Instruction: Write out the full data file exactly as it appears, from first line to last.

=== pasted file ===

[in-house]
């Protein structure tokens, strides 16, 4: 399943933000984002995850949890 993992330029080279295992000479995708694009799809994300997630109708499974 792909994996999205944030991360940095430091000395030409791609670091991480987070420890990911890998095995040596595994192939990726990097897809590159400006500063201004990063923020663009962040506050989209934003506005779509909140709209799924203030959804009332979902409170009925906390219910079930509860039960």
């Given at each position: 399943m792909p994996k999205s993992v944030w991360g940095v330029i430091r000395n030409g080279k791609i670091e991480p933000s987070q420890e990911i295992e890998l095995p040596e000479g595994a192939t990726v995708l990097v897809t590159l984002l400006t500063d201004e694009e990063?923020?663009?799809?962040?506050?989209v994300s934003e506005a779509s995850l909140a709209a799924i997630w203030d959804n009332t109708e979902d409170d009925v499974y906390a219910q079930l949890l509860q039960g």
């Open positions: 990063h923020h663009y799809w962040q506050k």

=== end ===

[in-house]
């Protein structure tokens, strides 16, 4: 399943933000984002995850949890 993992330029080279295992000479995708694009799809994300997630109708499974 792909994996999205944030991360940095430091000395030409791609670091991480987070420890990911890998095995040596595994192939990726990097897809590159400006500063201004990063923020663009962040506050989209934003506005779509909140709209799924203030959804009332979902409170009925906390219910079930509860039960």
């Given at each position: 399943m792909p994996k999205s993992v944030w991360g940095v330029i430091r000395n030409g080279k791609i670091e991480p933000s987070q420890e990911i295992e890998l095995p040596e000479g595994a192939t990726v995708l990097v897809t590159l984002l400006t500063d201004e694009e990063?923020?663009?799809?962040?506050?989209v994300s934003e506005a779509s995850l909140a709209a799924i997630w203030d959804n009332t109708e979902d409170d009925v499974y906390a219910q079930l949890l509860q039960g």
């Open positions: 990063h923020h663009y799809w962040q506050k």